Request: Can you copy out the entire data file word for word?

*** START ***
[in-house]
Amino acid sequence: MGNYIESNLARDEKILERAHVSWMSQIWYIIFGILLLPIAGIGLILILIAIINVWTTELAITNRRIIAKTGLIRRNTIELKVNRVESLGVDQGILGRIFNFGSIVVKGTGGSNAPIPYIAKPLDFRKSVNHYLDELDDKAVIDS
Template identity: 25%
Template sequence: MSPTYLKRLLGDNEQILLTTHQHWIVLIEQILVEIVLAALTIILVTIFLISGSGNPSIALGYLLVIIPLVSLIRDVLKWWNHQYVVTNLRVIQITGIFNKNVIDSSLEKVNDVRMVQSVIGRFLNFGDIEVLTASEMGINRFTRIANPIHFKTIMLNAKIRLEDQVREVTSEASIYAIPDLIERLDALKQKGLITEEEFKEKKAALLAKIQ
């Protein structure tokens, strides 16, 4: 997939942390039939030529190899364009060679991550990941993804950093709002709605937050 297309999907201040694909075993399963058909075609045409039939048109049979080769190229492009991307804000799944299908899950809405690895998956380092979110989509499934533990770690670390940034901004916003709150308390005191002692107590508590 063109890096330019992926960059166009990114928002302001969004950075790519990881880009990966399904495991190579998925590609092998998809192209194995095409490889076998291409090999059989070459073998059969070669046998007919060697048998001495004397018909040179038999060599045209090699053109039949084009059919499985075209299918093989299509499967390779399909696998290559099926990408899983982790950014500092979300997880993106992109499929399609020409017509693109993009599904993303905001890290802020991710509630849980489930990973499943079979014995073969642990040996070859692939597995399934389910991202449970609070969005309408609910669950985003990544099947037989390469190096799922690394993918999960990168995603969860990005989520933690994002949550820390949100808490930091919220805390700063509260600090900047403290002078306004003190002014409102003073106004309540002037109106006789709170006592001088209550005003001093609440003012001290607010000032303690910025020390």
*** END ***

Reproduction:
[in-house]
Amino acid sequence: MGNYIESNLARDEKILERAHVSWMSQIWYIIFGILLLPIAGIGLILILIAIINVWTTELAITNRRIIAKTGLIRRNTIELKVNRVESLGVDQGILGRIFNFGSIVVKGTGGSNAPIPYIAKPLDFRKSVNHYLDELDDKAVIDS
Template identity: 25%
Template sequence: MSPTYLKRLLGDNEQILLTTHQHWIVLIEQILVEIVLAALTIILVTIFLISGSGNPSIALGYLLVIIPLVSLIRDVLKWWNHQYVVTNLRVIQITGIFNKNVIDSSLEKVNDVRMVQSVIGRFLNFGDIEVLTASEMGINRFTRIANPIHFKTIMLNAKIRLEDQVREVTSEASIYAIPDLIERLDALKQKGLITEEEFKEKKAALLAKIQ
């Protein structure tokens, strides 16, 4: 997939942390039939030529190899364009060679991550990941993804950093709002709605937050 297309999907201040694909075993399963058909075609045409039939048109049979080769190229492009991307804000799944299908899950809405690895998956380092979110989509499934533990770690670390940034901004916003709150308390005191002692107590508590 063109890096330019992926960059166009990114928002302001969004950075790519990881880009990966399904495991190579998925590609092998998809192209194995095409490889076998291409090999059989070459073998059969070669046998007919060697048998001495004397018909040179038999060599045209090699053109039949084009059919499985075209299918093989299509499967390779399909696998290559099926990408899983982790950014500092979300997880993106992109499929399609020409017509693109993009599904993303905001890290802020991710509630849980489930990973499943079979014995073969642990040996070859692939597995399934389910991202449970609070969005309408609910669950985003990544099947037989390469190096799922690394993918999960990168995603969860990005989520933690994002949550820390949100808490930091919220805390700063509260600090900047403290002078306004003190002014409102003073106004309540002037109106006789709170006592001088209550005003001093609440003012001290607010000032303690910025020390």